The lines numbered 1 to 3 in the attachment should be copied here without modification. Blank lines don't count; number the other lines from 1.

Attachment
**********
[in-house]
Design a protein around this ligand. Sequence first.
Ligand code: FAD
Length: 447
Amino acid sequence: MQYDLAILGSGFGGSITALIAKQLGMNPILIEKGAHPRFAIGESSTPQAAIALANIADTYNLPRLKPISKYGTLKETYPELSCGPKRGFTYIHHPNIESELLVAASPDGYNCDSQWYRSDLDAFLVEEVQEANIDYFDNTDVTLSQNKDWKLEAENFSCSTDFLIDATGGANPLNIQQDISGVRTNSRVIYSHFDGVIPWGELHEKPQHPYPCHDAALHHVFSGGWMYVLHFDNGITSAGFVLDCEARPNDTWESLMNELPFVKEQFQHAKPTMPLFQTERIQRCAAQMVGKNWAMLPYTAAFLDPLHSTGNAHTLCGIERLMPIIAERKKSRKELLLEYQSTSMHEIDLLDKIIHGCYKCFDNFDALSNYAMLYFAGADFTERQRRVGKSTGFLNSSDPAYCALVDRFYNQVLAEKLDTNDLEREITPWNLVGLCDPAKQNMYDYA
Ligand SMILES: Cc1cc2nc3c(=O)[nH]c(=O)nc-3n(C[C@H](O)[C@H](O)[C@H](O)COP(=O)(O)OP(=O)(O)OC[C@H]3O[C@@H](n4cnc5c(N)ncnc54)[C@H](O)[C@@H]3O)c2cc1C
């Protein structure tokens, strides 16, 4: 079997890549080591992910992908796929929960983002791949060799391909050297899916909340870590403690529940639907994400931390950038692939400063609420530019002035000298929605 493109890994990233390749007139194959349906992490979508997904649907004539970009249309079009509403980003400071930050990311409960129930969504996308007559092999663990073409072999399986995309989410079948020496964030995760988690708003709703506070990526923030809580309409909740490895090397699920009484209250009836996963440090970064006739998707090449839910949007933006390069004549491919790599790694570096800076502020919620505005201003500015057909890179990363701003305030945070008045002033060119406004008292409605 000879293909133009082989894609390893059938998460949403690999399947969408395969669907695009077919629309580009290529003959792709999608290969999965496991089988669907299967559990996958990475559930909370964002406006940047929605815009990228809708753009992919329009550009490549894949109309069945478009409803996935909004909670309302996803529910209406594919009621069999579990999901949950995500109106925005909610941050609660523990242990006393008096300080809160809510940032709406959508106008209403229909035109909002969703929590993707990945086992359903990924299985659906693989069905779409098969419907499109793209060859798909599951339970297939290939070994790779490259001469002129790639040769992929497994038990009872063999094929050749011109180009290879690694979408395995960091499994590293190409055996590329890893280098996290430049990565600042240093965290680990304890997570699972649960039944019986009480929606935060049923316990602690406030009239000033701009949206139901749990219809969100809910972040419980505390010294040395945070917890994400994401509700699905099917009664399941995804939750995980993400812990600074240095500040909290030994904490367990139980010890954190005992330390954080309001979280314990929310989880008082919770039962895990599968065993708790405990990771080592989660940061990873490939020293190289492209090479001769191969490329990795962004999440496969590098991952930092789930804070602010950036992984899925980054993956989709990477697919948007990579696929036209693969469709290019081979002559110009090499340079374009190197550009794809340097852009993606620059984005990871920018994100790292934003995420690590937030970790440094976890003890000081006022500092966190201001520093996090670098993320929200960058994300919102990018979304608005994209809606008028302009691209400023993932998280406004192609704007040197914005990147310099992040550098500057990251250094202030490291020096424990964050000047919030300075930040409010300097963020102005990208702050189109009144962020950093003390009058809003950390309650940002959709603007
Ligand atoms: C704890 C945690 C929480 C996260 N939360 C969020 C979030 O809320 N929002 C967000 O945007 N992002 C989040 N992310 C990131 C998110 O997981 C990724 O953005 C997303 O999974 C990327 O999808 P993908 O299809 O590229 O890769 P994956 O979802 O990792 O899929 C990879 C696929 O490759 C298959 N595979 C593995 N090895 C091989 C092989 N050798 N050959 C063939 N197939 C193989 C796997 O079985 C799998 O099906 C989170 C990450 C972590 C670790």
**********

[in-house]
Design a protein around this ligand. Sequence first.
Ligand code: FAD